What lies beneath: unique surfaces

Unexpected Materials

CHAPTER 4: What lies beneath: unique surfaces

In these works, you’ll encounter surfaces of all qualities and textures: from glittery glass microspheres to industrial bronze slats to ruddy egg cartons. What unites this group, however, is a common deviation from the norm. Giuseppe Maria Crespi rejected ordinary canvas in favor of copper, for instance, so as to endow his subject with a luminous aura not feasible with typical linen. Gego took what could have been a conventional line drawing and gave it dynamic energy by composing it in wire. Finally, Mary Corse achieved the seemingly impossible—creating a painting of light—by applying tiny glass microspheres to her canvas; when illuminated correctly, the result is an expanse of shimmering light.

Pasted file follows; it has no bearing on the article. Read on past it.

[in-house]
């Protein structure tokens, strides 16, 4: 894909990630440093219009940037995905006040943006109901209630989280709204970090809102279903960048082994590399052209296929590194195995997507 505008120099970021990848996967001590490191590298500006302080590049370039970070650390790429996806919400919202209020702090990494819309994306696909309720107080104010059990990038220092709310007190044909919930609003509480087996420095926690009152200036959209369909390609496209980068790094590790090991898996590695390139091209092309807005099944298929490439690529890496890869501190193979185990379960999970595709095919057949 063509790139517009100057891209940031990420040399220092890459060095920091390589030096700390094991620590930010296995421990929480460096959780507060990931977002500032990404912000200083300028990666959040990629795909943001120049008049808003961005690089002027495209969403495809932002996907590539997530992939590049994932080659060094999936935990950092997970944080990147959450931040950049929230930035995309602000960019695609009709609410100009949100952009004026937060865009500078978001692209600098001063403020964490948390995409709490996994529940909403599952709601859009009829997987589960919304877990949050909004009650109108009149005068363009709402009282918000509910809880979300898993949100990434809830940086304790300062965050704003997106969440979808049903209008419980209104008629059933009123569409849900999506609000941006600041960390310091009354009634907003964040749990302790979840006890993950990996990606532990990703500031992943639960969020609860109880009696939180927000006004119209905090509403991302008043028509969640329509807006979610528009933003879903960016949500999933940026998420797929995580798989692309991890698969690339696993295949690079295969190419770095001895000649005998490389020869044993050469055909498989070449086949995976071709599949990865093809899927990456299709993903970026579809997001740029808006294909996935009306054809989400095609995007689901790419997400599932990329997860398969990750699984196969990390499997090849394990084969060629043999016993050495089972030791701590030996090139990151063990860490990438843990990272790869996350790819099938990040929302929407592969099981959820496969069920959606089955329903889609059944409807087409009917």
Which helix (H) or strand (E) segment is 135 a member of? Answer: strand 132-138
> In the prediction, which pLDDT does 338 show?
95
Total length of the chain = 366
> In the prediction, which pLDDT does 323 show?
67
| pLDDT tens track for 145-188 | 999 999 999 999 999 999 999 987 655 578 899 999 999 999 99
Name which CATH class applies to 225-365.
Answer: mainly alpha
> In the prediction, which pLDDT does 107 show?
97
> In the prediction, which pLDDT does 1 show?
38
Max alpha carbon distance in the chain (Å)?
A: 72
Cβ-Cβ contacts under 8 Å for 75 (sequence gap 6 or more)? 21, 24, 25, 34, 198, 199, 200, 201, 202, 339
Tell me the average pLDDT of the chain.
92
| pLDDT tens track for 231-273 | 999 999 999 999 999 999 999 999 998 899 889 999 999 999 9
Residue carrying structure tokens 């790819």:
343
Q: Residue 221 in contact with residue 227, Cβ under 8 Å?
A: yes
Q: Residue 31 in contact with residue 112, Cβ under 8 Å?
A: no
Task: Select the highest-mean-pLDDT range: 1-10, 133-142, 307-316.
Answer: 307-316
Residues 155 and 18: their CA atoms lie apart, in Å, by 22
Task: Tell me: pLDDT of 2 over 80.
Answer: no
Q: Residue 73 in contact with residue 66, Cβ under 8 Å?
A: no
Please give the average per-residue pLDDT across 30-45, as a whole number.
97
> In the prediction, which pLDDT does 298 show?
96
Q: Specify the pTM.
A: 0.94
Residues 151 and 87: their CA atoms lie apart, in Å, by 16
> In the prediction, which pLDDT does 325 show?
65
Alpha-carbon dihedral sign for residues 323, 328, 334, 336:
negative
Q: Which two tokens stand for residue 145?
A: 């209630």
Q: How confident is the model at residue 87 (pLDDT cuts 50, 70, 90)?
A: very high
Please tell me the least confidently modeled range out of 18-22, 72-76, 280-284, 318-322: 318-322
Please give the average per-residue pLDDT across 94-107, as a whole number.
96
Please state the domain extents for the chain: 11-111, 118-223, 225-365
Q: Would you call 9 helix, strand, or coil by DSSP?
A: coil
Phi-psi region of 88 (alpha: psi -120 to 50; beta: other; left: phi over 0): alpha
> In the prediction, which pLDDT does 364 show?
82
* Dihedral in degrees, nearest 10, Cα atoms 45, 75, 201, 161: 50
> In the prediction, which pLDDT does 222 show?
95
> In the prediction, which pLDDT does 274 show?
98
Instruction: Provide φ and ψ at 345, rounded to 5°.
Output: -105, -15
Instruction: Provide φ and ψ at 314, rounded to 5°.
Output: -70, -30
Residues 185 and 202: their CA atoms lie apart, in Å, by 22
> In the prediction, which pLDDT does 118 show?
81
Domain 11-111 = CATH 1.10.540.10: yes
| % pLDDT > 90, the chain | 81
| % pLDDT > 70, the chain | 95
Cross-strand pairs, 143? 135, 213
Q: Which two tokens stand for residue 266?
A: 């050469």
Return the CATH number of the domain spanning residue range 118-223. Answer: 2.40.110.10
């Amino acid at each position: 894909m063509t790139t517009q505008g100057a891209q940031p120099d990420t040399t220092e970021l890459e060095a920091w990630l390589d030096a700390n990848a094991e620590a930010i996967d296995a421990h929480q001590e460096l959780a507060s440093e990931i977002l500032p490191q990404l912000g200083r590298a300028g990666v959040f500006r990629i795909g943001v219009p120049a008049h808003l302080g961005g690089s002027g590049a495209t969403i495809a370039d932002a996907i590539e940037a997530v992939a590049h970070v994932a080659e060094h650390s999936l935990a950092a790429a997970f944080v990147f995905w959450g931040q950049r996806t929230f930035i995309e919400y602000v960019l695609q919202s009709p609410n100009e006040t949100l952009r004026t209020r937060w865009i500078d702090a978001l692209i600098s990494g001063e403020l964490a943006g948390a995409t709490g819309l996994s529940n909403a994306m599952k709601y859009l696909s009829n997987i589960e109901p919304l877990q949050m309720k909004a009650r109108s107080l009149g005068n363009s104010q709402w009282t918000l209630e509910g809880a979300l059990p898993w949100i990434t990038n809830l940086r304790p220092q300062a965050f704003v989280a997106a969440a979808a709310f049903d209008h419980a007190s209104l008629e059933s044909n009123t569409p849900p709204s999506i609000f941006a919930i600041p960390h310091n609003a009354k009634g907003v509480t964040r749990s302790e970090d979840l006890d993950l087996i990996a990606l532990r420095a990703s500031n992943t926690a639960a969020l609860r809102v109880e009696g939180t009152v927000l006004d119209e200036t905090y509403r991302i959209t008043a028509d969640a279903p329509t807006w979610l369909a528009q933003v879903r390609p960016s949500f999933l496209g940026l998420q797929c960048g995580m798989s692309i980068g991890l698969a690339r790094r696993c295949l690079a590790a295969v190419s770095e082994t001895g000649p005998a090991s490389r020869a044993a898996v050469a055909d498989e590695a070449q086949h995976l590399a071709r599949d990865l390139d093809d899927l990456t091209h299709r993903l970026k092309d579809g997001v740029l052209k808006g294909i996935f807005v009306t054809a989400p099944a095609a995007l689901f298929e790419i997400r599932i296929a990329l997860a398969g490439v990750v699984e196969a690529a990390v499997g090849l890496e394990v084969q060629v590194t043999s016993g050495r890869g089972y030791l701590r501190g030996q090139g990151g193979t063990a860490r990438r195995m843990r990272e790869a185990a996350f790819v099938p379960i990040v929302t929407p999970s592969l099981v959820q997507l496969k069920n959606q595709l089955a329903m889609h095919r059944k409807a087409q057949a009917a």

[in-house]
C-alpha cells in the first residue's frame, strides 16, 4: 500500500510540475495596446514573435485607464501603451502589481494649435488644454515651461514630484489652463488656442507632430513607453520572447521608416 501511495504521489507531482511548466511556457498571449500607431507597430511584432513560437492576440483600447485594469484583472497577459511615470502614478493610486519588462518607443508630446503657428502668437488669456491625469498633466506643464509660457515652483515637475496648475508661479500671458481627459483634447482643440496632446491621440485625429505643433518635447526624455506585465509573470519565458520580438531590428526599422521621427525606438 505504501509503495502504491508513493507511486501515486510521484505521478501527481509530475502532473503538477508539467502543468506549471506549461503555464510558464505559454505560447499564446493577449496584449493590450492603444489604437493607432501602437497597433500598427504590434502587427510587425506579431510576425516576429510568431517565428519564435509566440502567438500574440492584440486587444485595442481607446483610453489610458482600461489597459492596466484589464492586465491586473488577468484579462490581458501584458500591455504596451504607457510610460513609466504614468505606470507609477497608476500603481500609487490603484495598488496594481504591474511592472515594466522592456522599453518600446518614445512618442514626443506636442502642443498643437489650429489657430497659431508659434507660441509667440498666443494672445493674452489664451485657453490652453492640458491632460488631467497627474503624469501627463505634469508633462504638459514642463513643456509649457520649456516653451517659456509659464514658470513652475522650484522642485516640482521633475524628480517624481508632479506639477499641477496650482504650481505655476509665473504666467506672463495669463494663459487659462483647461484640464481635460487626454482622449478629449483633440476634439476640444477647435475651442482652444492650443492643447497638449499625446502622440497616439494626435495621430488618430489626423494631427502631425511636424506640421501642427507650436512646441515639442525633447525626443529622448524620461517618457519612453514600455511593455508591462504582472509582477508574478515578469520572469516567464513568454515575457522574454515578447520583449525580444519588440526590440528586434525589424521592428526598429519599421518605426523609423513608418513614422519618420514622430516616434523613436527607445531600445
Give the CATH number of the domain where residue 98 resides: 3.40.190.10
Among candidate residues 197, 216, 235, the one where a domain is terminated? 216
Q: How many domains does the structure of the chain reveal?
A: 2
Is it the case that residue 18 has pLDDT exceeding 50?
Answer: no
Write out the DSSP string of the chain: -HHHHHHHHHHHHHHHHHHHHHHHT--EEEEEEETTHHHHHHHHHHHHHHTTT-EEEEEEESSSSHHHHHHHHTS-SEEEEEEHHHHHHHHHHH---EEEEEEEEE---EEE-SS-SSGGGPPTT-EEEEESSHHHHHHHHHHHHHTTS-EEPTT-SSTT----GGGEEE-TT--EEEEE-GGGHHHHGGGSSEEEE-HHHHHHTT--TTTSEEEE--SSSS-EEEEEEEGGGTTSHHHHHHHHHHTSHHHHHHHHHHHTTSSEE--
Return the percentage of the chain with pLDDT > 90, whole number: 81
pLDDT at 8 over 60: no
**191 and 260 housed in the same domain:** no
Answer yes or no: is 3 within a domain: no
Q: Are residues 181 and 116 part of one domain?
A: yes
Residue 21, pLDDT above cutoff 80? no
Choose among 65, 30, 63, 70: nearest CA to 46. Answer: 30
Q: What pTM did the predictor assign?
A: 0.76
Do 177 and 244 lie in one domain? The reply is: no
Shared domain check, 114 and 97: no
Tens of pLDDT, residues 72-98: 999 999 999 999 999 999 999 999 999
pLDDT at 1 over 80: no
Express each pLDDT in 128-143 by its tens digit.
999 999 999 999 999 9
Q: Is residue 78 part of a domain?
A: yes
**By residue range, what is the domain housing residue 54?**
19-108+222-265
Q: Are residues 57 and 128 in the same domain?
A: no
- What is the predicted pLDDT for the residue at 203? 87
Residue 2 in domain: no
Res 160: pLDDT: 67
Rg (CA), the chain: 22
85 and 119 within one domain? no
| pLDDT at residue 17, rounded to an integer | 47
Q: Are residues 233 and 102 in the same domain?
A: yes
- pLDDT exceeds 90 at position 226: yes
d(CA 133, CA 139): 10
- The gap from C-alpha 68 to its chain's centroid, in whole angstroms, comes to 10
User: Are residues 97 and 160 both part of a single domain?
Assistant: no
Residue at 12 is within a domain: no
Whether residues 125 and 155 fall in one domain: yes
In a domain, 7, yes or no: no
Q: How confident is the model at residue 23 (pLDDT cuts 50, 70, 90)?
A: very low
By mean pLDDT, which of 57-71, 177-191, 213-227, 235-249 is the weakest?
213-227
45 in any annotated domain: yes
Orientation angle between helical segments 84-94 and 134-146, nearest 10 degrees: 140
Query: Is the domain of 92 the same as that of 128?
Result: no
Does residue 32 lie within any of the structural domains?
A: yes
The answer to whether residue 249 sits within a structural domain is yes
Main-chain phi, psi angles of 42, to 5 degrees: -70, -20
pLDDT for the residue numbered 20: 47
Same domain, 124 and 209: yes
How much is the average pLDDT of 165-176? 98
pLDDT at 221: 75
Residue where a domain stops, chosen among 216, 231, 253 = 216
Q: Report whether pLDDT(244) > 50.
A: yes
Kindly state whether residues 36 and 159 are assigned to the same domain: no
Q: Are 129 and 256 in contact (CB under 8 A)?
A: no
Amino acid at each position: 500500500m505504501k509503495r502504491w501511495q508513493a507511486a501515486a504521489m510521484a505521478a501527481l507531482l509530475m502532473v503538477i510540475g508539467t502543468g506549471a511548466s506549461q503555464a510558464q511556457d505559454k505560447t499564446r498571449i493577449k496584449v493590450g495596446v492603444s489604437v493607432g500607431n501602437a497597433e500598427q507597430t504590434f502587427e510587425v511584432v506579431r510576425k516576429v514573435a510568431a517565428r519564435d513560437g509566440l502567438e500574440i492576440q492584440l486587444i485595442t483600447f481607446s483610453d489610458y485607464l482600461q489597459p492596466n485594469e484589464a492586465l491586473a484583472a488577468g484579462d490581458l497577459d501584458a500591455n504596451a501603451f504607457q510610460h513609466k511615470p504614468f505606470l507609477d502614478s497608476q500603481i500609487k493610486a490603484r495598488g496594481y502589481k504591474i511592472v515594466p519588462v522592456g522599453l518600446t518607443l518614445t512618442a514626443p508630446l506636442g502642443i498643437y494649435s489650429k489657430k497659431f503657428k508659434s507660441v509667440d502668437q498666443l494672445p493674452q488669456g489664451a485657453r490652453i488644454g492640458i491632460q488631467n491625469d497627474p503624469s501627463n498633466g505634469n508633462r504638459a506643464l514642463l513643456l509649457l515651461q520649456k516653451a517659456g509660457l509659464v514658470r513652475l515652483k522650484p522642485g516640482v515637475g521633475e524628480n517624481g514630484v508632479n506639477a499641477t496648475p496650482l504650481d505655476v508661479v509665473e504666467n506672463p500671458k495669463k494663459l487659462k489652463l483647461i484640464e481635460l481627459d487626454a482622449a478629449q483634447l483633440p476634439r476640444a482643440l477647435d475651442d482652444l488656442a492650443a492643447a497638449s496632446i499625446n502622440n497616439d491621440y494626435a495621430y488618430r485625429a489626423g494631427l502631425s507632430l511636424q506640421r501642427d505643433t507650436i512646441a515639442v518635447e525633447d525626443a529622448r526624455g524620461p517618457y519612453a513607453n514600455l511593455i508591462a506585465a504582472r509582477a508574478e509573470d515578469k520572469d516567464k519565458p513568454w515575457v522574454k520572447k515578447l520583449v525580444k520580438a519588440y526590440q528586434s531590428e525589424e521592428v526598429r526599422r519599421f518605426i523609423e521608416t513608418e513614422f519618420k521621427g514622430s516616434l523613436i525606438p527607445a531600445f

Image credit:
Antonio Berni
Retrato de Ramona [Portrait of Ramona], 1963 (detail)
Collage of collagraph prints
The Blanton Museum of Art, The University of Texas at Austin
Gift of the Museum of Modern Art, 1982

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